ears, but she only grew exhausted and took more sleeping pills.
Within a month, the few waking hours she had, she hummed and tapped the same
few bars of music constantly. Neither the rhythm nor the tune pleased anyone’s
ears, and it alienated people. Josie hated the way strangers looked at her with
pity and kept their distance, she hated the whispers, the sideways glances and
avoidance of her friends, but they didn’t understand, she was doing the best
she could to cope.
The earworm became her only companion.
As her condition worsened, her doctor prescribed new medications and urged her
to see a psychiatrist. Under threat of hospitalization, Josie agreed to fill
her prescriptions, but she wouldn’t take them. Instead, she cut classes and lingered
in the hallways of the music building and on weekends, she hung out at the
funeral home, in hopes of hearing the song again.
One Saturday in January, Josie attended a funeral for a young woman who’d
committed suicide. As one man commented
that the deceased was finally at peace, another mentioned what a relief it was
to see the deceased without her tinfoil hat. Immediately, Josie thought of her
aunt. She remembered how the green
colored pencil shot out from her ear like the trunk of a young tree, while the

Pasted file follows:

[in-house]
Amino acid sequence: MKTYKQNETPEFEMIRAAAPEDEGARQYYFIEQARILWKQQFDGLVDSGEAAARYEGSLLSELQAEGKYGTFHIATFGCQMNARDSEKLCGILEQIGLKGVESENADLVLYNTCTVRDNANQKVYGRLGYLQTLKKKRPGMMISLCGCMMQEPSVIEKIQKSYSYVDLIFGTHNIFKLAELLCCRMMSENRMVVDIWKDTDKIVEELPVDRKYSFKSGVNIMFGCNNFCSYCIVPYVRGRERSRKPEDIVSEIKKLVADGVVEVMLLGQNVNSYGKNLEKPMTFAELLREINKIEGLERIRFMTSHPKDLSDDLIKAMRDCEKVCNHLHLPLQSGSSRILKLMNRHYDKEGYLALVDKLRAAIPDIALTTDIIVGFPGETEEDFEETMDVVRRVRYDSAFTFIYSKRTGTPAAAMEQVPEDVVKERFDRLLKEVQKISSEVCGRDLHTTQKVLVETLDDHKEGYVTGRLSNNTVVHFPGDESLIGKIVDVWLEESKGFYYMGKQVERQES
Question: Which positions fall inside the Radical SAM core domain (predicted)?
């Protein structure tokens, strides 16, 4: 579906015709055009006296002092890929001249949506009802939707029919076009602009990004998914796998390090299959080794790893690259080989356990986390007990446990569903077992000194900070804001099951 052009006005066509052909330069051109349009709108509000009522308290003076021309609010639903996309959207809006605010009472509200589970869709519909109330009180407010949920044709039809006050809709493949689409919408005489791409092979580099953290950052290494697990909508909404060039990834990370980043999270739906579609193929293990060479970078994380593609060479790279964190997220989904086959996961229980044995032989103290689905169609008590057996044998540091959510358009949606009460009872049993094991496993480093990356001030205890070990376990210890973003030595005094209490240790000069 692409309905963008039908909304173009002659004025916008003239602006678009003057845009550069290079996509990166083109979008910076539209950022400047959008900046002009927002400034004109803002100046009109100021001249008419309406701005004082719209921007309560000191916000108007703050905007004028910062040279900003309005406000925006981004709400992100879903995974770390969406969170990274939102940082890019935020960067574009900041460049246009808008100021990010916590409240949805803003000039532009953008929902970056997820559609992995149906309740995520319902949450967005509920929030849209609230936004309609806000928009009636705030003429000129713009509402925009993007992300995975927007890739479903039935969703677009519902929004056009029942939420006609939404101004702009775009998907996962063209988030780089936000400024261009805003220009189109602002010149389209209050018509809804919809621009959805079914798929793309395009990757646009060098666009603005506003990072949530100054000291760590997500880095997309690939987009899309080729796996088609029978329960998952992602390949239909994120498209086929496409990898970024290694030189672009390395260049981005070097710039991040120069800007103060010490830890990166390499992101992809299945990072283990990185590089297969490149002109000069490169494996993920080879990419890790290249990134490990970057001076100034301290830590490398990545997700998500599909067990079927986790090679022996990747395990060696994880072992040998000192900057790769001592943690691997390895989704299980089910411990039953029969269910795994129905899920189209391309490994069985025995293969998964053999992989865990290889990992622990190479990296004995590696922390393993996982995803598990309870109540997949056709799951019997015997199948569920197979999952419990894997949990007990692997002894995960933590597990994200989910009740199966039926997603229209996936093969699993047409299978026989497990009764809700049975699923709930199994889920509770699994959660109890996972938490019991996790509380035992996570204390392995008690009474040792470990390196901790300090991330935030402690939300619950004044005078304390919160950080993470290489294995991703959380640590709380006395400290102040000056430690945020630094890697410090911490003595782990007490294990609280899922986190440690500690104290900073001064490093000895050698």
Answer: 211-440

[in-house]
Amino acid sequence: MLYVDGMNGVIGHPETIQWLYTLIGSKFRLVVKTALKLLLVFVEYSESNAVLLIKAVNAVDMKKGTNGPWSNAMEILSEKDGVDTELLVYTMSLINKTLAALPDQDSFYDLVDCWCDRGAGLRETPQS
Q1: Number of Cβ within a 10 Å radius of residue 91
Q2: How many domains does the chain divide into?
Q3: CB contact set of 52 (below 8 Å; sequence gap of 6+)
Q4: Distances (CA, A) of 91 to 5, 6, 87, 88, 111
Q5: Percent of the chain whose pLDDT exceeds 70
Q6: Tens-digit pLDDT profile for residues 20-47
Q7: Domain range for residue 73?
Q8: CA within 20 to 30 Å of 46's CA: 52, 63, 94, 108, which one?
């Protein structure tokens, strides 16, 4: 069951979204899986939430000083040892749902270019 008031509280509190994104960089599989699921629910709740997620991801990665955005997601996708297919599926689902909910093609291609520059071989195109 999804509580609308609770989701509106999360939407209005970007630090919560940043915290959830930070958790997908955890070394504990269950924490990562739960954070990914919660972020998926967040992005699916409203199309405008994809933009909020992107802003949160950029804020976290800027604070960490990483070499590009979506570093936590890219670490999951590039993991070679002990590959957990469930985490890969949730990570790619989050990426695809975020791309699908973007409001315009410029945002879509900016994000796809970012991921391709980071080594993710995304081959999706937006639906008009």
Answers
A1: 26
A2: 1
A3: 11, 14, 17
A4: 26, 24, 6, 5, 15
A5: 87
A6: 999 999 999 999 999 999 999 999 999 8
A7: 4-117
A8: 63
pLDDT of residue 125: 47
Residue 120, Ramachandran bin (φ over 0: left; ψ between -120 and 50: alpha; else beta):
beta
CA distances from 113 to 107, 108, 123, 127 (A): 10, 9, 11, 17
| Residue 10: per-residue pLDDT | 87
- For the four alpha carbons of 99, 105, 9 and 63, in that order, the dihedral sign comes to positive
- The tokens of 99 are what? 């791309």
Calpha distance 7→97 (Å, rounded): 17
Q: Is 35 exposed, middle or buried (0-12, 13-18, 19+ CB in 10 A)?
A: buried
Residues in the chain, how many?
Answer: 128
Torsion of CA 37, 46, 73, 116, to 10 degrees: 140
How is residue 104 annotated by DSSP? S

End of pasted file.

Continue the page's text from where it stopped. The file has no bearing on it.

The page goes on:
blood caked beneath her aunt’s tinfoil hat. Only then did she recognize her own
madness. Only then did she find a use for all those pills.
At Josie’s funeral, her ears were clear. Everything was clear. She heard her
loved ones, and even people she barely knew, say kind things about her. They
all agreed it was such a shame. She’d been a wonderful girl, an excellent
student, with such a bright future. They lamented that they hadn’t been able to
help, they hadn’t known the extent of Josie’s illness, the weight of her
suffering. Those who loved her leaned over her body, kissed her, stroked her
hair, took her hand, told her they loved her and they missed her. She wished
she could tell them how much she loved them, too.
When Josie’s doctor leaned over her casket, Josie could see she was truly pained
by the loss. Her nose was red, and tears collected at the corners of her eyes. Her
doctor slid her hand across Josie’s cheek and tucked a stray hair behind the
ear that once belonged to her. Josie wanted to tell her not to feel guilty. She
wanted to tell her there was nothing she could have done.
Josie watched as her doctor retracted her fingers from the ear that had once
been hers, and inadvertently placed the earworm to her own quivering lips. She
covered her mouth with a handkerchief and sobbed gently, sucking the earworm
in. There was no stopping it now; she’d been infected.
Jolene Mottern studied English Ed at Ball State University, so yes, she has eyes on the back of her head, but she still can’t find her glasses. She lives in Indianapolis with her husband, the last half of her kids, and a lot of pet hair. She’s into words, nature, food, feelings, and sleep. You can read her predictably unpredictable blog at jolenemottern.com
or follow her inconsistent thoughts on Twitter.